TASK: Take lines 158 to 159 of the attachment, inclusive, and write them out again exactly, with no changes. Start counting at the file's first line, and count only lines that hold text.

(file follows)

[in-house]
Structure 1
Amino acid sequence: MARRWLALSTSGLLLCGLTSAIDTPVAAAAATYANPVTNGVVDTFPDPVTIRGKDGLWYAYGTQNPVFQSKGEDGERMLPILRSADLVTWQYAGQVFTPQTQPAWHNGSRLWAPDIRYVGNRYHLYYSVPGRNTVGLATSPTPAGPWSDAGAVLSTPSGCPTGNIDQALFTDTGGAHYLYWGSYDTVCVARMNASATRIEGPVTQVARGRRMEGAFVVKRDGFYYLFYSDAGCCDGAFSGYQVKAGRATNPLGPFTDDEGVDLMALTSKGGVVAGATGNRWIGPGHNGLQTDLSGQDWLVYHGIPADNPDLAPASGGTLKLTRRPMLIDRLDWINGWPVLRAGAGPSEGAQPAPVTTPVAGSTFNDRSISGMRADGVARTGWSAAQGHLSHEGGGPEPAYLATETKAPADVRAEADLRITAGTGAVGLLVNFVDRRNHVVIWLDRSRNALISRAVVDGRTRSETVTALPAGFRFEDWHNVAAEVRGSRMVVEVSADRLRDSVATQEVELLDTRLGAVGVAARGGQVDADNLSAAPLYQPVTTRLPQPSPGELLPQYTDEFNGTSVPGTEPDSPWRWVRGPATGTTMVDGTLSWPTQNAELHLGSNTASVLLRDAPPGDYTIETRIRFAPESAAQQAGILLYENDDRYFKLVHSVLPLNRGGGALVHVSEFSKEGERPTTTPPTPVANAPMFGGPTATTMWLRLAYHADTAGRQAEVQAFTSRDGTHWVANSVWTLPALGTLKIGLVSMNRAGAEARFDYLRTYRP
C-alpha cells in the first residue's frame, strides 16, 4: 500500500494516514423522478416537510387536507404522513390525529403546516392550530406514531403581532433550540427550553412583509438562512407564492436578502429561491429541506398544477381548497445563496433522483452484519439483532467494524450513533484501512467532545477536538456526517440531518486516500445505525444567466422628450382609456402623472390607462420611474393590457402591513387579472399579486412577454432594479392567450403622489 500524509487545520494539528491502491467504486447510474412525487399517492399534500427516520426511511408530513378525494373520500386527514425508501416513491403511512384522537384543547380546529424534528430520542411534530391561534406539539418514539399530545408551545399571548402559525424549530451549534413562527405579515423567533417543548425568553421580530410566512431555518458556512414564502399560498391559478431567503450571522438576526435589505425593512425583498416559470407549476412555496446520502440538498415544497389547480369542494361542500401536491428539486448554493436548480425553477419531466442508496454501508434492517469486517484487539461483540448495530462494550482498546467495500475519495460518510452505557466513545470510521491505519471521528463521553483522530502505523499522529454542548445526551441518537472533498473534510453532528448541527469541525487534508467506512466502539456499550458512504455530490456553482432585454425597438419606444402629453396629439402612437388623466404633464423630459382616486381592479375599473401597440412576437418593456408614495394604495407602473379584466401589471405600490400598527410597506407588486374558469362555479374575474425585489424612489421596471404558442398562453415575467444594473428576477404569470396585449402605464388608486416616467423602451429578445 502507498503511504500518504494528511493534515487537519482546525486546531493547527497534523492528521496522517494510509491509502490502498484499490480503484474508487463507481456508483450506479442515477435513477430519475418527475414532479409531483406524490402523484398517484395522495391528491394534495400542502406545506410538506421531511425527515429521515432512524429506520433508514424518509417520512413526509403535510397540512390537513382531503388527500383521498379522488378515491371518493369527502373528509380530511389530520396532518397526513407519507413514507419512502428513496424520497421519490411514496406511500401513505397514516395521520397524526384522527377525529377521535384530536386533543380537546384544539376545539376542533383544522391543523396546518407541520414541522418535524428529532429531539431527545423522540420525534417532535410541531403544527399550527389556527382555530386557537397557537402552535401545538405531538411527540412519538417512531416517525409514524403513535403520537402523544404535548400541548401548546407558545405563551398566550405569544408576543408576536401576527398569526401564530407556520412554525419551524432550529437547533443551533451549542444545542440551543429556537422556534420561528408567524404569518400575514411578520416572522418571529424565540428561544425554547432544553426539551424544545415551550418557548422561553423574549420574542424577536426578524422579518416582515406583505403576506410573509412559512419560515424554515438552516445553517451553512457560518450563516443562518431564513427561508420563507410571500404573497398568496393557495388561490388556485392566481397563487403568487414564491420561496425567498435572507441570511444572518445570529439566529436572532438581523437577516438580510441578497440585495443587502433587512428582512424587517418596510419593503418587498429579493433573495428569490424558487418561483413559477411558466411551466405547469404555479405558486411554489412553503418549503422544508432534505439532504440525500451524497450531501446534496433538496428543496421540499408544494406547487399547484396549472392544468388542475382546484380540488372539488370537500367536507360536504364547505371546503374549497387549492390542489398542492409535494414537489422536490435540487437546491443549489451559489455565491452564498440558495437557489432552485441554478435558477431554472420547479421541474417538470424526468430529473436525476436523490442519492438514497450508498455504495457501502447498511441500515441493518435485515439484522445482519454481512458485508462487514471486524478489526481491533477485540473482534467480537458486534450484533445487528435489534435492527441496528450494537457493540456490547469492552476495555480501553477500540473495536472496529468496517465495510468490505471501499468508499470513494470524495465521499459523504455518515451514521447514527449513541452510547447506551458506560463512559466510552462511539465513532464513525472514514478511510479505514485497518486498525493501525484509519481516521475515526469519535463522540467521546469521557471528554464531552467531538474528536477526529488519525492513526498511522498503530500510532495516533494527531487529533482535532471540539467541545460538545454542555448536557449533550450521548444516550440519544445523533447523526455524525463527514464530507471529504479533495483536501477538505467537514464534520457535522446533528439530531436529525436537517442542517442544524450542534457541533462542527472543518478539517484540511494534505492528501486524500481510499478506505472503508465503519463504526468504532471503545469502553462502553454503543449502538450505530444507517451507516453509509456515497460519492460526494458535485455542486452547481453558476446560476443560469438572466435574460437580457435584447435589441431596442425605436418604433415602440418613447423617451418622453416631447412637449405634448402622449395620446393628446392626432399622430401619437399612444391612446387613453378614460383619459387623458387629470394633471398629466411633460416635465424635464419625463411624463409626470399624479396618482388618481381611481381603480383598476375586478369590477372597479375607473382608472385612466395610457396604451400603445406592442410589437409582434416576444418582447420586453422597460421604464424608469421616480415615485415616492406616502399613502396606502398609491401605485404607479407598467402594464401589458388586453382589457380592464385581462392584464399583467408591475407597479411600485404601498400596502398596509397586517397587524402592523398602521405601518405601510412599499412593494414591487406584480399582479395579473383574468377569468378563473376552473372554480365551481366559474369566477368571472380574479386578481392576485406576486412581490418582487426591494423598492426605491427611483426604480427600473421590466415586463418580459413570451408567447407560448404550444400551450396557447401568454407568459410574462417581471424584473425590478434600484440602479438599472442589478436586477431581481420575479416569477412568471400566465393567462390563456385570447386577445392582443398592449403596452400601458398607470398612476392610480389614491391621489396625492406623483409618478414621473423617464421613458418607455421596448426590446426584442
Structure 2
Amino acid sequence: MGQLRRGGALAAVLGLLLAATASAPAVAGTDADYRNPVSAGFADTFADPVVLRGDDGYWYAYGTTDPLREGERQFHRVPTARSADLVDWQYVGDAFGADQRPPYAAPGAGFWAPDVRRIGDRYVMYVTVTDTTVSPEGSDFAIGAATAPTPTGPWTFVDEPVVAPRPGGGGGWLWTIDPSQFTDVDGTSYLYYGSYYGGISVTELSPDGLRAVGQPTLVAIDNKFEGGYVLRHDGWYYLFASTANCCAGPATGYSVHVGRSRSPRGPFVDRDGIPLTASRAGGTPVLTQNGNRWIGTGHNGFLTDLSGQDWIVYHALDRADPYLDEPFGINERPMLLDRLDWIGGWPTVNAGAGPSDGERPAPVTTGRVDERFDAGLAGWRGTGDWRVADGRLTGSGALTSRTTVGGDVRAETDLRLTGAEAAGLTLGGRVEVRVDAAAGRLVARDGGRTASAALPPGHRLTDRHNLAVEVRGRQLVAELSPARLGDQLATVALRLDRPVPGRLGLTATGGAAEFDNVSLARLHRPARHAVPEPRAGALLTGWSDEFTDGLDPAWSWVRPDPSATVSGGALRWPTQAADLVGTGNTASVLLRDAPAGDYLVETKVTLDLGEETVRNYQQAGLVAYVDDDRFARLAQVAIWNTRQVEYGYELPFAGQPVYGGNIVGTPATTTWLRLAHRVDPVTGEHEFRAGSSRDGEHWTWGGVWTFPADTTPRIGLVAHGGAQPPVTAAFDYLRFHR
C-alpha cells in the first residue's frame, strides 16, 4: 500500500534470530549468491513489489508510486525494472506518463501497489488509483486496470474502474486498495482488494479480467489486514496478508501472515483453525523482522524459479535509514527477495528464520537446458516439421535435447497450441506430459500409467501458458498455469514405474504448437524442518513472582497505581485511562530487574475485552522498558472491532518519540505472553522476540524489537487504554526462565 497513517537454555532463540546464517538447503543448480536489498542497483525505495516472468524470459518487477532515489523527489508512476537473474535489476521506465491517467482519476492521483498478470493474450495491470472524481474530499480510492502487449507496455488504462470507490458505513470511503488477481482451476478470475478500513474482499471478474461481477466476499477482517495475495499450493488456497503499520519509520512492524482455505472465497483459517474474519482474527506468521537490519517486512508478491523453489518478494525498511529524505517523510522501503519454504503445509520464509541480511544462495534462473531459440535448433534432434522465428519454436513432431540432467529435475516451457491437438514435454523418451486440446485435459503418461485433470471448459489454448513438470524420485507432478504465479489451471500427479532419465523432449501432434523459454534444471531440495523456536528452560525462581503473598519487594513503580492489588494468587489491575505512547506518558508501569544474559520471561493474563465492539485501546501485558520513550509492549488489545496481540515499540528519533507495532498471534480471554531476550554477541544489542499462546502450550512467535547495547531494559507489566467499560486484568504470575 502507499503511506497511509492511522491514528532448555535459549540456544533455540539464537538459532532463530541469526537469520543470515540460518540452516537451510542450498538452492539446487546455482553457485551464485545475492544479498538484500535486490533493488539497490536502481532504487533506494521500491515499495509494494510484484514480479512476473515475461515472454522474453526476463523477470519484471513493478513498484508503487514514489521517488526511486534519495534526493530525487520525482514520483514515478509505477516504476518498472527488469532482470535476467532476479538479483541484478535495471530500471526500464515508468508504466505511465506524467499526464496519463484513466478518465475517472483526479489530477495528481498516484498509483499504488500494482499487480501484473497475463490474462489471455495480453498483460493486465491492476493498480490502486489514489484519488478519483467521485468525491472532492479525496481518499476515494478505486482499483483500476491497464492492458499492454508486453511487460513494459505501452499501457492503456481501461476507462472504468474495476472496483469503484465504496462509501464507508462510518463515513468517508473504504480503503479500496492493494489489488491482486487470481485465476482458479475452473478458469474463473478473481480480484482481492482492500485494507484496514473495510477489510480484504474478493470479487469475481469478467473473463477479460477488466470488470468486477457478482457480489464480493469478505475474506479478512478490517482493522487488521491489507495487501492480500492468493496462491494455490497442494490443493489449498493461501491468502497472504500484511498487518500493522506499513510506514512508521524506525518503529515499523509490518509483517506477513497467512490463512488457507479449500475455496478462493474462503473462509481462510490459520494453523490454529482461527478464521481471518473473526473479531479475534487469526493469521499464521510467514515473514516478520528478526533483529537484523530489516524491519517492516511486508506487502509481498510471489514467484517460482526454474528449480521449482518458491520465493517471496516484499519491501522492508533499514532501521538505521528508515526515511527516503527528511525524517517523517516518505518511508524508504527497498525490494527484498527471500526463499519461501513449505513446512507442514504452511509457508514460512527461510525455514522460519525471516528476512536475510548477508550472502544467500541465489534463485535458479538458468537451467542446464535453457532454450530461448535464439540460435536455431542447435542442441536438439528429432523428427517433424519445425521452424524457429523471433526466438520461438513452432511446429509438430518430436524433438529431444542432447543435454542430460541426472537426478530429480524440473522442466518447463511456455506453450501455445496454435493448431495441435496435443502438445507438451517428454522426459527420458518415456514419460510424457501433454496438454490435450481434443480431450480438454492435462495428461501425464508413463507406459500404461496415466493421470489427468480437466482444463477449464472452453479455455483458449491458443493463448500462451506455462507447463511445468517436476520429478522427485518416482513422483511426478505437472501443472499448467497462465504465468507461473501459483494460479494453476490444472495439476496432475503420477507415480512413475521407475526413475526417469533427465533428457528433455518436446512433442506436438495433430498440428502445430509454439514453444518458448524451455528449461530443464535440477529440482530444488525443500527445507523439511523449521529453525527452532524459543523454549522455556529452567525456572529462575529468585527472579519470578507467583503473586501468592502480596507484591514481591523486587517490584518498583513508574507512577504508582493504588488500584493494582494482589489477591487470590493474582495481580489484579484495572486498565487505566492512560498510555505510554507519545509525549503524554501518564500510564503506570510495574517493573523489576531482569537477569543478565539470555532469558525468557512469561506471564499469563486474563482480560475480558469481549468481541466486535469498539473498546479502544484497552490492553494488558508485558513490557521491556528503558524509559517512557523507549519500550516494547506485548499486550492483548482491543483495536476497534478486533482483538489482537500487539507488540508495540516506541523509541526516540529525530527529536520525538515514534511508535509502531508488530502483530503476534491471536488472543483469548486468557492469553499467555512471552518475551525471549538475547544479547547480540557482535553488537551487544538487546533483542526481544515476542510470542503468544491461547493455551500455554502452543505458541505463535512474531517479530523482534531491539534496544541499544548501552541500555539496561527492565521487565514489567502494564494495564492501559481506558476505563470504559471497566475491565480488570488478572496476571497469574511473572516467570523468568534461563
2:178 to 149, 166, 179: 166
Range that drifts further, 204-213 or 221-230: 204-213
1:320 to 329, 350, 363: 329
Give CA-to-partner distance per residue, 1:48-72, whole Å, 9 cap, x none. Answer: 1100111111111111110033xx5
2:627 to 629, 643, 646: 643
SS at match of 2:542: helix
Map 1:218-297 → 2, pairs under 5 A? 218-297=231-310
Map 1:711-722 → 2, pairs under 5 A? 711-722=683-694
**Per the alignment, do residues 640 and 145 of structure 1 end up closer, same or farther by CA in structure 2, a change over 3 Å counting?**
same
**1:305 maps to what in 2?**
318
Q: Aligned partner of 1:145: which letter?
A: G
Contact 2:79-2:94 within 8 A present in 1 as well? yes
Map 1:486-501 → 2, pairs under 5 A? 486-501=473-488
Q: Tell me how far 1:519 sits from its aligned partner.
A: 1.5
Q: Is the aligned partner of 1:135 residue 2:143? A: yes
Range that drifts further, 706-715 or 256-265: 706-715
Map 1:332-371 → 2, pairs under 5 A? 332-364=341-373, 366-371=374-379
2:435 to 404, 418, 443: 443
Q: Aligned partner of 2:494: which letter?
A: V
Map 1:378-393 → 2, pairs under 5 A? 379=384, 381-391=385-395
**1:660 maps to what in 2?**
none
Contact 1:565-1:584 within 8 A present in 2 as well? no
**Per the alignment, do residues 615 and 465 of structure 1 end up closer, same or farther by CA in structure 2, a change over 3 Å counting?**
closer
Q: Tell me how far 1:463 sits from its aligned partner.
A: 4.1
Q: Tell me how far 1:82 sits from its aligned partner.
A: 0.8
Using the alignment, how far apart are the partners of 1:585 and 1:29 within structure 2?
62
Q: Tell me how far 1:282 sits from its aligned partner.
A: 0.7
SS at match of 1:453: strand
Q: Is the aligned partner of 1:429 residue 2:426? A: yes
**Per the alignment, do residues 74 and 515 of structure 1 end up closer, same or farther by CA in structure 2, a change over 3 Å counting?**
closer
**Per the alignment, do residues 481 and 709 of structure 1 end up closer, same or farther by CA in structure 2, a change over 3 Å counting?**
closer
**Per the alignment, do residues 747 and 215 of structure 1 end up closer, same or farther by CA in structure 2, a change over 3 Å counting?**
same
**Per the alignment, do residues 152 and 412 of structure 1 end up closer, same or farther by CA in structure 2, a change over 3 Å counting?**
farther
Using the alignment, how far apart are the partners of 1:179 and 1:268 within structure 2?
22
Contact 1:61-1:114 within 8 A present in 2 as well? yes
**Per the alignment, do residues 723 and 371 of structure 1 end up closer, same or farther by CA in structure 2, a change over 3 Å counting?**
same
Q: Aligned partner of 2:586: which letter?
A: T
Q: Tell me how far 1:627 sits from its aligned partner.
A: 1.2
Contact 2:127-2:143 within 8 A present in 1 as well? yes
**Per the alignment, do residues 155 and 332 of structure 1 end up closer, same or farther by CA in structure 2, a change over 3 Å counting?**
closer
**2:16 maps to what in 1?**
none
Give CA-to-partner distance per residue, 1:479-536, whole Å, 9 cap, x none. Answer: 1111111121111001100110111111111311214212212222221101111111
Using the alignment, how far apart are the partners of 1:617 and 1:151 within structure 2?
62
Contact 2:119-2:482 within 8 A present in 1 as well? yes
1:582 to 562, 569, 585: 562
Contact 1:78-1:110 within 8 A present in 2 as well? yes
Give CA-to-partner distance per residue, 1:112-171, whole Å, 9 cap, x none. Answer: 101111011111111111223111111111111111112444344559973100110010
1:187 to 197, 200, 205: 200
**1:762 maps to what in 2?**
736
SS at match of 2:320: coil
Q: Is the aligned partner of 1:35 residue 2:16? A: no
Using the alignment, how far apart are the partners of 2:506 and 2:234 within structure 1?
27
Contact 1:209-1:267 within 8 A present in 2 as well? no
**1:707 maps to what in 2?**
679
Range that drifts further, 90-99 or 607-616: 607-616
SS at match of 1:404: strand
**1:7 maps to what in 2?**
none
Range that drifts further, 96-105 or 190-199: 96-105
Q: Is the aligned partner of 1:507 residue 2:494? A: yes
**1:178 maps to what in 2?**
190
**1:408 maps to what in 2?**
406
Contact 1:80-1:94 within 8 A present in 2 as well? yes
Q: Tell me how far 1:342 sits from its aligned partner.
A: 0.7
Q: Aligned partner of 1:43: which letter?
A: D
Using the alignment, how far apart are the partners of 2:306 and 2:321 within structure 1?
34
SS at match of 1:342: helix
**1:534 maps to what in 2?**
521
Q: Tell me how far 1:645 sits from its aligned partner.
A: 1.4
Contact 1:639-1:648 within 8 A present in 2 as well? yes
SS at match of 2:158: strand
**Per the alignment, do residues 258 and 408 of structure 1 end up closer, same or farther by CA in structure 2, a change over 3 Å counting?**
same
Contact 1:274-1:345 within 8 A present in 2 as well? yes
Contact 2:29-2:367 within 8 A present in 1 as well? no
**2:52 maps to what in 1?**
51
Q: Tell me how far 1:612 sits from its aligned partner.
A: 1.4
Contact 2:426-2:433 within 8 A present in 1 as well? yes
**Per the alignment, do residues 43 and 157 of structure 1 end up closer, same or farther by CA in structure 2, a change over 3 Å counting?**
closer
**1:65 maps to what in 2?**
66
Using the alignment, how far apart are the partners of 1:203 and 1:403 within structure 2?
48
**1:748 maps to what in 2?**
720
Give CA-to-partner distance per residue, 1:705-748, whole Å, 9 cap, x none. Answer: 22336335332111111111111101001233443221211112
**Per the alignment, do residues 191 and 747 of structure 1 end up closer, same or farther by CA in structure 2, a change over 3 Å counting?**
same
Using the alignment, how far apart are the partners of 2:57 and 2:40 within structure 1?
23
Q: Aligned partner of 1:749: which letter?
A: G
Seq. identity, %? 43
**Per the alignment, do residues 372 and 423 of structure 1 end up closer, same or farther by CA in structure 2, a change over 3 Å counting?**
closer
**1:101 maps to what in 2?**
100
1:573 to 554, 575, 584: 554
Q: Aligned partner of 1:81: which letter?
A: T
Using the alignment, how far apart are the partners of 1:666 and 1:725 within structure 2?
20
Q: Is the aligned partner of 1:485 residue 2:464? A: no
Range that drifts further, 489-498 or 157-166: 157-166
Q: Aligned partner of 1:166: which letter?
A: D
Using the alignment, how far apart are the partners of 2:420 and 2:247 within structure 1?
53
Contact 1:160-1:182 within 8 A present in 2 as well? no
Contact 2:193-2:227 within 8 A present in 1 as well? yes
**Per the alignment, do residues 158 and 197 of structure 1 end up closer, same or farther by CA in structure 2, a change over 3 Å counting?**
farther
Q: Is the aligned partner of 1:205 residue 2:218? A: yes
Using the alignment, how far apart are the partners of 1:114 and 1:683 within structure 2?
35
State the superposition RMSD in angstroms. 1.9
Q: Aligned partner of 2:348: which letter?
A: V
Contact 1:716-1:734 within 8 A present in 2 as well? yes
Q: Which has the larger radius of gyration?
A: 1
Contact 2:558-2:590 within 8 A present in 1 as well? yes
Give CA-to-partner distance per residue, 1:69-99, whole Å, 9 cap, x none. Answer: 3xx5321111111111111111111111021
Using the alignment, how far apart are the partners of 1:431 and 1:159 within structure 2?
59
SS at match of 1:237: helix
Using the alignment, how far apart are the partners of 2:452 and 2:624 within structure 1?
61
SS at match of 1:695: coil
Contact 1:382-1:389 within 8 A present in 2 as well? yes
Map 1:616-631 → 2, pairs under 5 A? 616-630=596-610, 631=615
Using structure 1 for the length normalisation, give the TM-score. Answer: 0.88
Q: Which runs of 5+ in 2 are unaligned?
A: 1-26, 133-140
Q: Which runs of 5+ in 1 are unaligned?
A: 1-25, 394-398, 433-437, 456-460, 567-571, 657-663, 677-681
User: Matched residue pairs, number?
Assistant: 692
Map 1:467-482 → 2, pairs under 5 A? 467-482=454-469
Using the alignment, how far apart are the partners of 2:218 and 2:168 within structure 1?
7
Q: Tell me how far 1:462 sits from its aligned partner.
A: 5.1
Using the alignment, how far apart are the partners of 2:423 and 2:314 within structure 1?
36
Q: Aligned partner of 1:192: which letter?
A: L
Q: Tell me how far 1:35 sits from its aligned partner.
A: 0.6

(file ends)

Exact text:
State the superposition RMSD in angstroms. 1.9
Q: Aligned partner of 2:348: which letter?